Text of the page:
According to the Monetary Policy Review by HDFC AMC, it was a status quo policy with no major announcement on rates, stance and liquidity front. Consequently, bond yields saw minimal movement following the policy announcement. RBI, however, continued to maintain its mildly hawkish tone emphasizing the challenge posed by food prices in achieving the final stage of disinflation and reaching the 4% target. Additionally, the RBI reiterated the importance of an actively disinflationary policy and reaffirmed its determination to align inflation with the target on durable basis. Noteworthy is the RBI's acknowledgment that strong economic growth provides it the flexibility to pursue its inflation objectives. 

The outlook for fixed income for FY25 remains favourable in view of the following key drivers: • Inclusion of India’s sovereign securities in JP Morgan bond index bodes well for demand outlook for G-Sec in next year and can effectively cap any significant rise in yields. 

• Core CPI momentum remains subdued on the back of lower input price pressure and benign global commodity prices. 

• Government reiterated its commitment of bringing down fiscal deficit to less than 4.5% of GDP by FY26. This should keep market borrowings within manageable levels. 

• External sector is likely to be supported by steady services exports, manageable CAD and adequate foreign exchange reserves. 

• The rate hike cycle in AEs has ended and expectations of rate cuts are high during the year. RBI is also likely to cut rates in H2FY25, although we expect a shallow rate cut cycle. However, there are counter balancing factors which can put upward pressure on yields. 

• Regular food price shocks can keep headline CPI elevated; sustained growth momentum can result in core inflation reaccelerating. 

• High SLR holdings of the banking system and robust credit growth could weigh on incremental demand for G-Secs. 

• Recent rise in commodity prices, especially crude oil prices, sustaining due to escalation of geopolitical tensions leading to disruption in supply chain. 

Overall, in our view, yields are likely to trade with a downward bias and the long end of the yield curve is likely to outperform over the medium term. Thus, as highlighted in the past, for investors with a relatively longer investment horizon, it is a good time to increase allocation to longer duration funds in line with individual risk appetite. Further, given a flat yield curve and elevated short-term rates along with expectations of rate cuts in the coming year, one may also consider investment in short to medium duration debt funds.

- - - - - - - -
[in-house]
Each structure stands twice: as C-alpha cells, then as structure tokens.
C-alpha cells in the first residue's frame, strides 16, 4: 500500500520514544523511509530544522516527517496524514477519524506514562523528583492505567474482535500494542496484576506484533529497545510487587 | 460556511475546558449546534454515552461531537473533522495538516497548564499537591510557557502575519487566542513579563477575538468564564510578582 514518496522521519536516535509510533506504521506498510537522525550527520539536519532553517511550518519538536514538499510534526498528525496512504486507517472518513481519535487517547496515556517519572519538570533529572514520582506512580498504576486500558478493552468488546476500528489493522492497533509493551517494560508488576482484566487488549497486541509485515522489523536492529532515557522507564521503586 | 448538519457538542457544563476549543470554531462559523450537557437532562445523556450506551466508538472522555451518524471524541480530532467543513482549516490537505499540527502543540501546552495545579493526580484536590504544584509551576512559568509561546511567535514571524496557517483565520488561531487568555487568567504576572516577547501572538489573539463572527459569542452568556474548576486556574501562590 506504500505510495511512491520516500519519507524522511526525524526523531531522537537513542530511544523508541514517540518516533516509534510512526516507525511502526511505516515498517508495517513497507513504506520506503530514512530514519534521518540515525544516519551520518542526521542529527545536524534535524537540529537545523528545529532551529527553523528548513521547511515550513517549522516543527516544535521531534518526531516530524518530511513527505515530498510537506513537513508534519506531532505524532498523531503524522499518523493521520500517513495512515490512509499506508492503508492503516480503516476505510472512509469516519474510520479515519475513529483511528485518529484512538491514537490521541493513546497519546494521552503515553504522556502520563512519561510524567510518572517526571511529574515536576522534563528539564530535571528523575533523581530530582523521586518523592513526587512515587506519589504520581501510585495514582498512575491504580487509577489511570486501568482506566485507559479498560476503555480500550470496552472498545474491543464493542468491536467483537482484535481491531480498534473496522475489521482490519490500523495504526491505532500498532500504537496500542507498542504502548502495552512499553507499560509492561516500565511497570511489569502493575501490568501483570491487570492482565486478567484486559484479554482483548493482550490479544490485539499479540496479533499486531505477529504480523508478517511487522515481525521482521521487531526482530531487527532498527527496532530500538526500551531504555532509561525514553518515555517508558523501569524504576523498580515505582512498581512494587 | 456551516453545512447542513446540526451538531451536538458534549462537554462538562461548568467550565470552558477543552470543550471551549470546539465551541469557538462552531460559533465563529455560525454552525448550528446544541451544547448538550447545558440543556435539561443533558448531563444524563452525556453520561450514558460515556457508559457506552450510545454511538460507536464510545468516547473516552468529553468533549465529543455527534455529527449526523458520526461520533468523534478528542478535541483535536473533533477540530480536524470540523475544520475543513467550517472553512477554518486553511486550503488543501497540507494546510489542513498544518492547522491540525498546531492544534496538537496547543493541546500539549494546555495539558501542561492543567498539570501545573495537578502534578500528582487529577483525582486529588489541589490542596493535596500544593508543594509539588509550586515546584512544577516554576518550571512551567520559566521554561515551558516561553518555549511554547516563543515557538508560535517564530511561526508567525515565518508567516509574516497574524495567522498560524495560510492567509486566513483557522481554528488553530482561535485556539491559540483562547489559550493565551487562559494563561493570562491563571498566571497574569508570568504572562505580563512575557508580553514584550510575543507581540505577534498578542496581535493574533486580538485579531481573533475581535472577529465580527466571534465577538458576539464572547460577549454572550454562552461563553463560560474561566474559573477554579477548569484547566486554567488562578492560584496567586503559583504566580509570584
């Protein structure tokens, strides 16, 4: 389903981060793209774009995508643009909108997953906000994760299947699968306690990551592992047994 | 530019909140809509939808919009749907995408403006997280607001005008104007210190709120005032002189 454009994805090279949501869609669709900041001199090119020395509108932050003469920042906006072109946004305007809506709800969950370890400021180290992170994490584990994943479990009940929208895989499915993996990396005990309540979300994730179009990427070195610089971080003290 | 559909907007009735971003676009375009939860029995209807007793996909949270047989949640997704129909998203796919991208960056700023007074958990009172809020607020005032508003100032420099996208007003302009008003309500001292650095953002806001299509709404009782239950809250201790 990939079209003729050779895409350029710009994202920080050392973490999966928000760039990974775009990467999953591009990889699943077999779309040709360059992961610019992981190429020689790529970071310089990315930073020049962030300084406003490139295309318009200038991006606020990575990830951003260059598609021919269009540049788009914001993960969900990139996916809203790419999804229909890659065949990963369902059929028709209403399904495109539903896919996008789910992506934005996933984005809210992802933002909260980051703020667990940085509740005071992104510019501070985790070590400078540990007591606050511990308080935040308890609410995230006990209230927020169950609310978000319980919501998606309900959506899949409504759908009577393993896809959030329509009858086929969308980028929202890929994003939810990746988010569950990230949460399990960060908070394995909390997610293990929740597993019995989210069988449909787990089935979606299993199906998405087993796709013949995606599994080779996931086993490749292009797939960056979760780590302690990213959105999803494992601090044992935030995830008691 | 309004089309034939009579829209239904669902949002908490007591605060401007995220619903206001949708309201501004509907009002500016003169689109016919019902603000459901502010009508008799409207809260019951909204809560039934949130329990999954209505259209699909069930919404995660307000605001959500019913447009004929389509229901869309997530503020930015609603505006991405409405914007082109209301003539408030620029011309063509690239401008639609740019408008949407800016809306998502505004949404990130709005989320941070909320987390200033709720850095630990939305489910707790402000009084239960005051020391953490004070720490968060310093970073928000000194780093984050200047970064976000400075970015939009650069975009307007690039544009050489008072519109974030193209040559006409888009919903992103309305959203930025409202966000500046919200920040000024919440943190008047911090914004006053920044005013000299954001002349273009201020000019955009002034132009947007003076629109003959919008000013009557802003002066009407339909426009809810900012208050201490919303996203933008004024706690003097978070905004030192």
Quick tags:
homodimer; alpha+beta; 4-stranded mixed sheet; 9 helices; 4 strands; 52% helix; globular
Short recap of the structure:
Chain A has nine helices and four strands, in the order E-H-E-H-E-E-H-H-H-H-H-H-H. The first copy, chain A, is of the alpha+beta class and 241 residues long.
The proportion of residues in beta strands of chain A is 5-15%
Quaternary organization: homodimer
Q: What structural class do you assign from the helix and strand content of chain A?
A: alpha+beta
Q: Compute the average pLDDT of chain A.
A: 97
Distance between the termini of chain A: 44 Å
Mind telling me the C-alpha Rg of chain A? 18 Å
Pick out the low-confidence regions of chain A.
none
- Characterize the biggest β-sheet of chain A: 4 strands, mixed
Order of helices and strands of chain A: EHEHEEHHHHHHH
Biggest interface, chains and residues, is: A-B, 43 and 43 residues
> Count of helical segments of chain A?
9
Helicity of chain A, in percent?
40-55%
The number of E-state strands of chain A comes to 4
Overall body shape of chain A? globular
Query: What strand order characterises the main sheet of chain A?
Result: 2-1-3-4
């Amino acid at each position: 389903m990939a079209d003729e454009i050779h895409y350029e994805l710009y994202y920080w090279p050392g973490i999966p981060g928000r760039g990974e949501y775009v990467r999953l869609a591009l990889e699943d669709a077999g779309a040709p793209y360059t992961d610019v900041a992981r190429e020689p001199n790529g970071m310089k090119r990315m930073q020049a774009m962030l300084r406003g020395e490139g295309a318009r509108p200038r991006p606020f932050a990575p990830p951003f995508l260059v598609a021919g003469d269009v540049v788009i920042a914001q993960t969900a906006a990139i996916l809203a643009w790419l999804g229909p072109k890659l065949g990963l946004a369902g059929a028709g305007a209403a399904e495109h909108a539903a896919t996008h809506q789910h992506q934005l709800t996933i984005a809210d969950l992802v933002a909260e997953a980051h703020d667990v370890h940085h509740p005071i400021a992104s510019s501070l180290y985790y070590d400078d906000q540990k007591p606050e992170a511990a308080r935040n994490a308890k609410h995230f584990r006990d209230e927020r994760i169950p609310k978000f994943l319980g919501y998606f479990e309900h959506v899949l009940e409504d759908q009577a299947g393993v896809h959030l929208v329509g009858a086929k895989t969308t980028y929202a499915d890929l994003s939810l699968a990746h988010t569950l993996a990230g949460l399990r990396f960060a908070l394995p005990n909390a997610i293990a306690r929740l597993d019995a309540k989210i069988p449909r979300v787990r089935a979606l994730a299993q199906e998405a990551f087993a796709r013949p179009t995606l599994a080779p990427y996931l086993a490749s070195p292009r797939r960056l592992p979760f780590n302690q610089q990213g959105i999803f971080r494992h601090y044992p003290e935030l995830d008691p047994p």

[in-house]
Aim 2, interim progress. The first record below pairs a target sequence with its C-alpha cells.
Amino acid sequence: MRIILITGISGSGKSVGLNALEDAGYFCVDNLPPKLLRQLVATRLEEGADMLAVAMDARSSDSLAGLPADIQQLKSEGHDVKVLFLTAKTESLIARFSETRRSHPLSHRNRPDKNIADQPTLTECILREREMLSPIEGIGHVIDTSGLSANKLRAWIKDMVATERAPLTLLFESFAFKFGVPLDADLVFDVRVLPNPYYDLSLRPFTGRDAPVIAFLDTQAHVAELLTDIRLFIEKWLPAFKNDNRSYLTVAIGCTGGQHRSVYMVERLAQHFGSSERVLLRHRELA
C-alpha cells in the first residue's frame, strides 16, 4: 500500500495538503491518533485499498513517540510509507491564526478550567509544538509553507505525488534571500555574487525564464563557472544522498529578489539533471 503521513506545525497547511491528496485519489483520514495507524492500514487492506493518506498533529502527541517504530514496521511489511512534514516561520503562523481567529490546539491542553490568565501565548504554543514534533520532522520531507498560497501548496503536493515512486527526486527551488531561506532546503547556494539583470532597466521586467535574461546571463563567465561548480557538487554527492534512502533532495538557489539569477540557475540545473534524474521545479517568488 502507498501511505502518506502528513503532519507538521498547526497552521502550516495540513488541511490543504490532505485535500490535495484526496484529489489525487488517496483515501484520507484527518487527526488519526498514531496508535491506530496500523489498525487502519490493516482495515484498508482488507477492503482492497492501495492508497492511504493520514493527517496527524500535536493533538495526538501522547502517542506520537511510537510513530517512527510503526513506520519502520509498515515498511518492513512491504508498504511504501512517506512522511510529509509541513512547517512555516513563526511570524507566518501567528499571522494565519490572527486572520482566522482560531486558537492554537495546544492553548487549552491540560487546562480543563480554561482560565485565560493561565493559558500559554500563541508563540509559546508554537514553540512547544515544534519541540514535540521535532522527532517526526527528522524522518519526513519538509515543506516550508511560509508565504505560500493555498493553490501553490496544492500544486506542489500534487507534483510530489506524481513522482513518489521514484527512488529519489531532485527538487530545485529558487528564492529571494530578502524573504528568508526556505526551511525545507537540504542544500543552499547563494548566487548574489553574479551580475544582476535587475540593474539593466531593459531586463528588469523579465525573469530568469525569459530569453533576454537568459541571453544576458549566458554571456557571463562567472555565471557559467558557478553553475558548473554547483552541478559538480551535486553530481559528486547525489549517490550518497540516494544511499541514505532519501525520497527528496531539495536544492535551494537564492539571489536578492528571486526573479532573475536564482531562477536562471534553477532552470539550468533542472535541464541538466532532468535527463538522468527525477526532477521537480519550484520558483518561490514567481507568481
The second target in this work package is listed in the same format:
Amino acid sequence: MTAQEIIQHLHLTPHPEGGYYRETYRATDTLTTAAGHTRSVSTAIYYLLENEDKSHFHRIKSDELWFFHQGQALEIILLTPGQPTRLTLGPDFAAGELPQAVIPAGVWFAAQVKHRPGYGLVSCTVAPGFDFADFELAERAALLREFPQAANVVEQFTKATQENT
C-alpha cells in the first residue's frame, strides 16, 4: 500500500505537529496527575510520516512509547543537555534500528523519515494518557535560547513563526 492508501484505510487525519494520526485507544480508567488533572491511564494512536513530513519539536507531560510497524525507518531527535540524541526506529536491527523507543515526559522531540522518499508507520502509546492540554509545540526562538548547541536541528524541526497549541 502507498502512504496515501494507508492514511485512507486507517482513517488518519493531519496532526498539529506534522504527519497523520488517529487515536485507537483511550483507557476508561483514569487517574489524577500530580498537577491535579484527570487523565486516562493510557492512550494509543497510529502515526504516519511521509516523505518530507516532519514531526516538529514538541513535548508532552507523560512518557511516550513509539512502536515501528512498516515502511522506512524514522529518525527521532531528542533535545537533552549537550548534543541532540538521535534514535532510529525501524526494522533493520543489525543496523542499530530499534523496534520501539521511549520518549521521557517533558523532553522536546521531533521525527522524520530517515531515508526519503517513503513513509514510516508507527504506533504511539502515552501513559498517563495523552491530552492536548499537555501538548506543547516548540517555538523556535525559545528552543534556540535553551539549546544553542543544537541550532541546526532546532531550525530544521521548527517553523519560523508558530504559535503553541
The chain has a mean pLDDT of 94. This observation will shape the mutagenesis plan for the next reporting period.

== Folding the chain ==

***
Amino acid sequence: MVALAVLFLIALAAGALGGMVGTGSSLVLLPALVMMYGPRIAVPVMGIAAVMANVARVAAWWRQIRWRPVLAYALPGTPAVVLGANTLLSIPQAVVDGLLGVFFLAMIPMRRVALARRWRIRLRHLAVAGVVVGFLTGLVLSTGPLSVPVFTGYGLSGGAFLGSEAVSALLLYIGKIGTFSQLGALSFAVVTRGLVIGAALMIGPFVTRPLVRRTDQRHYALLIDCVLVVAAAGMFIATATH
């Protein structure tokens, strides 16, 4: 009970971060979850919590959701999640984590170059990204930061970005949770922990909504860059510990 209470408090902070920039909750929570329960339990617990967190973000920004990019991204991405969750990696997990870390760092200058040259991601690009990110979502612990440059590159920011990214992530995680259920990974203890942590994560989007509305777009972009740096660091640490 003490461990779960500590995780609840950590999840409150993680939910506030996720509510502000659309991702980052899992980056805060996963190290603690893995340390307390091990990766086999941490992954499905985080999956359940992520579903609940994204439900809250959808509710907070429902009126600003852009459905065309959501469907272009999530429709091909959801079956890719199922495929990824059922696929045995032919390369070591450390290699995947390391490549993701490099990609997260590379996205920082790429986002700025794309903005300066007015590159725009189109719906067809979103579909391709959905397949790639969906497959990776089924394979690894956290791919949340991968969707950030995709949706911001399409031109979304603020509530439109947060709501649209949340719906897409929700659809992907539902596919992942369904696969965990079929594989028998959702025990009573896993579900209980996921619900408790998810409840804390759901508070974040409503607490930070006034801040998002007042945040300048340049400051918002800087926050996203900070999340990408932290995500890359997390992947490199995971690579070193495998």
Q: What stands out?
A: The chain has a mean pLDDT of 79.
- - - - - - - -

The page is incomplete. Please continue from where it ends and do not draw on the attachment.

The information contained in this document is for general purposes only and is not investment advice. The document does not have regard to specific investment objectives, financial situation and the particular needs of any specific person who may receive this document. The information/ data herein alone are not sufficient and should not be used for the development or implementation of an investment strategy. The statements contained herein are based on our current views and involve known and unknown risks and uncertainties that could cause actual results, performance or events to differ materially from those expressed or implied in such statements. HDFC Mutual Fund/HDFC AMC is not guaranteeing/ offering/communicating any indicative yields or guaranteed returns on investments made in the scheme(s). Neither HDFC AMC and HDFC Mutual Fund (the Fund) nor any person connected with them, accept any liability arising from the use of this document.